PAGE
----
Includes turnover, HR-to-employee
ratio and more.
Metrics such as cost-per-hire and time-to-fill.
Prevalence rates of over 300 benefits.
Coverage costs including insurance premiums,
deductibles and prescription co-pay amounts.
Vacation, sick, personal and other plans.
graduate school of education who teaches leadership and
emotional intelligence and is co-author of Becoming a
Resonant Leader (Harvard Business Review Press, 2008).
McKee and fellow researchers have identifed the following four key elements of emotional intelligence:
Frequently, leaders don’t see a need to control their emotions because they’ve reached their lofty position without
doing so—and their teams are afraid to clue them in.
A 360-degree feedback process can help pinpoint problem areas. The assessment, which uses input from supervisors, colleagues and subordinates, is often eye-opening.
A more low-profle approach is to simply ask trusted
“It’s good for all leaders to get some honest feedback,”
says Cherniss, noting that some companies are requiring
executives to focus on emotional intelligence as part of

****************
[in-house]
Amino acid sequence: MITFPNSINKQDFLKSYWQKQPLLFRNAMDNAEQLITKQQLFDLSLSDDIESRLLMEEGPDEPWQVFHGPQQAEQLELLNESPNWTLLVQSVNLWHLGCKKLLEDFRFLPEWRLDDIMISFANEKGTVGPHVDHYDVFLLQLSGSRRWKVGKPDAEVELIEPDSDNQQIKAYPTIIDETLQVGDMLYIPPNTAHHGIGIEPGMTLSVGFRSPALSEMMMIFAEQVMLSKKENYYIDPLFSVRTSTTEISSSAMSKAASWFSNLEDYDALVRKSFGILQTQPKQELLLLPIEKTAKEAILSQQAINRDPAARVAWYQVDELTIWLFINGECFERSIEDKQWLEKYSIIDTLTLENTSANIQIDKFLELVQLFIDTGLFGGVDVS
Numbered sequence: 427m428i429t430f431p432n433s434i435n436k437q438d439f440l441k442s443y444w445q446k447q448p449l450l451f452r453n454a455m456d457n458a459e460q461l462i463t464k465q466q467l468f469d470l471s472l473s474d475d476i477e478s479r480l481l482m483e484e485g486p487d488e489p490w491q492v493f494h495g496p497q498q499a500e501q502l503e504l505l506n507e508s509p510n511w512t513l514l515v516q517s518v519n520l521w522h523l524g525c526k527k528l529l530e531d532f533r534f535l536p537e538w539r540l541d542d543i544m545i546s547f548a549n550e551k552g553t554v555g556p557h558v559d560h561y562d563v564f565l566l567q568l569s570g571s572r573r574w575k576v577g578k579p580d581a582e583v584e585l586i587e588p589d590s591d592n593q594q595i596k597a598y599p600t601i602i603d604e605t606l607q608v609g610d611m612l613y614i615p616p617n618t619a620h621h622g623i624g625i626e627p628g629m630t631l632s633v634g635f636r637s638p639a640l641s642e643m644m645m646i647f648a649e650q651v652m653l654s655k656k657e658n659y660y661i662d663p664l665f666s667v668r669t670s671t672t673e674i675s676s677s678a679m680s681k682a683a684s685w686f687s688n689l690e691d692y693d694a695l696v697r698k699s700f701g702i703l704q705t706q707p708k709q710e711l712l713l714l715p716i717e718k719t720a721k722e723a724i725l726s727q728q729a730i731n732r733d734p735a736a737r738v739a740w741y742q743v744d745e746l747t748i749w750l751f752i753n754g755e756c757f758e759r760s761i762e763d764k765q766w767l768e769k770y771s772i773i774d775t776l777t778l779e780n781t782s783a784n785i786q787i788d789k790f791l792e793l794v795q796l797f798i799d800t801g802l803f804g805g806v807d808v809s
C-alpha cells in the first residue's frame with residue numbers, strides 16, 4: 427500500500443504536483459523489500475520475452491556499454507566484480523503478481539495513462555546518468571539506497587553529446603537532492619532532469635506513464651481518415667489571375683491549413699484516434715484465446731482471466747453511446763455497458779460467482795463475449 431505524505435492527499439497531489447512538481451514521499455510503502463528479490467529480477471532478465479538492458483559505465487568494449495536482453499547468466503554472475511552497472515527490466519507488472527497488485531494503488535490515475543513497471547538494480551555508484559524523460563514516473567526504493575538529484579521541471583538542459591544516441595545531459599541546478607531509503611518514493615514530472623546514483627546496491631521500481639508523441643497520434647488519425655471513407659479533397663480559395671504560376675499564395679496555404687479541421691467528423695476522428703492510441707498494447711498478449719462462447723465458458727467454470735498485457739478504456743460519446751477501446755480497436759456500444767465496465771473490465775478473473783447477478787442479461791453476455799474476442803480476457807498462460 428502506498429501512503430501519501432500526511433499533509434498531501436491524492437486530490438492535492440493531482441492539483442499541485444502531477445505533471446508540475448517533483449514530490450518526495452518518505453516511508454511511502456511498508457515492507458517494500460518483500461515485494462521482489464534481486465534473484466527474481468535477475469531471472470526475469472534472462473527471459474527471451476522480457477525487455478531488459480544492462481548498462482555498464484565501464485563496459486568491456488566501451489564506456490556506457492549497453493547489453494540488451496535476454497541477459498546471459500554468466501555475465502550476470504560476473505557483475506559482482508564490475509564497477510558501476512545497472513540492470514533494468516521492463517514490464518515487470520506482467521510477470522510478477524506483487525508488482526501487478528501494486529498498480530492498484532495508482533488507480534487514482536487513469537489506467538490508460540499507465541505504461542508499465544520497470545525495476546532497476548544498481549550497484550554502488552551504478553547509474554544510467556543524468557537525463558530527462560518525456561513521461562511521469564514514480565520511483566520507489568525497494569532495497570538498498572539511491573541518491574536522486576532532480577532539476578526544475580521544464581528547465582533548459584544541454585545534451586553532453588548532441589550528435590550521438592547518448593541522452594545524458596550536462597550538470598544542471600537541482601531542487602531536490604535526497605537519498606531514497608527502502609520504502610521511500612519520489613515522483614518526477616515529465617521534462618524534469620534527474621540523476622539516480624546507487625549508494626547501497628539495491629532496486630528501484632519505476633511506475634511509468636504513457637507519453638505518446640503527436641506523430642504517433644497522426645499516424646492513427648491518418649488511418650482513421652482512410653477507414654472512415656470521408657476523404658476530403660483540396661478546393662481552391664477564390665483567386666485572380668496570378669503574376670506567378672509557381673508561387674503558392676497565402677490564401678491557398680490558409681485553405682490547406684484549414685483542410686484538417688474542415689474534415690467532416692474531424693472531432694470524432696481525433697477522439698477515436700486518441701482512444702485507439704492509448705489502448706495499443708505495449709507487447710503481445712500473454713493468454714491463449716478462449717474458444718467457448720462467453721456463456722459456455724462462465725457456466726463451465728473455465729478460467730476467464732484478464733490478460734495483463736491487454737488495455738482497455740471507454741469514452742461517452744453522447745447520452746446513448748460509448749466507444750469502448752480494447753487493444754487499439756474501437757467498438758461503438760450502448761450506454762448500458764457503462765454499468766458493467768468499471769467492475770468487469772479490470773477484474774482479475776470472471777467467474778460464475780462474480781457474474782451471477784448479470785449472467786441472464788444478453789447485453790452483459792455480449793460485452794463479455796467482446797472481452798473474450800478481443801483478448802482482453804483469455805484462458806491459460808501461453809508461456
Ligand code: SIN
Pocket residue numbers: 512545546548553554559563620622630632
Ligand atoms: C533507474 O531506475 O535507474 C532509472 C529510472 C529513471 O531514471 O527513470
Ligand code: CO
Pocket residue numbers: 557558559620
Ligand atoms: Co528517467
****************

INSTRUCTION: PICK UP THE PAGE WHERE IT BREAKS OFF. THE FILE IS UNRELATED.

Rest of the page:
their leadership development programs.
2. Social Awareness
People without this skill don’t understand that, in social
interactions, they need to focus more on the other person
than themselves. They miss important cues because
they’re always thinking about what they will say next.
Those prompts can be particularly subtle with subordi-
nates, who often defer to authority and may be reluctant
to share what’s on their mind directly. Learning to read
nonverbal signals can provide clues about what they’re
feeling, Bradberry advises.
Ask team members from time to time how they’re feeling about a particular project, suggests Joshua Freedman,
the San Francisco-based CEO of 6 Seconds, a global non-proft researching and sharing best practices for emotional intelligence. Just the act of acknowledging their stress
can help them feel better, he says.
Once you’ve determined which areas to work on, focus on
achieving one or two goals.
“Self-management is getting your emotions to produce
the behavior you want,” Bradberry says. “Sometimes that’s
keeping yourself from doing something. Other times it’s
magnifying a productive behavior.”
Here are some tips from the experts:
Set narrow, measurable goals. It could be as simple
as giving your undivided attention to someone who
walks into your ofce or as difcult as eliminating habit-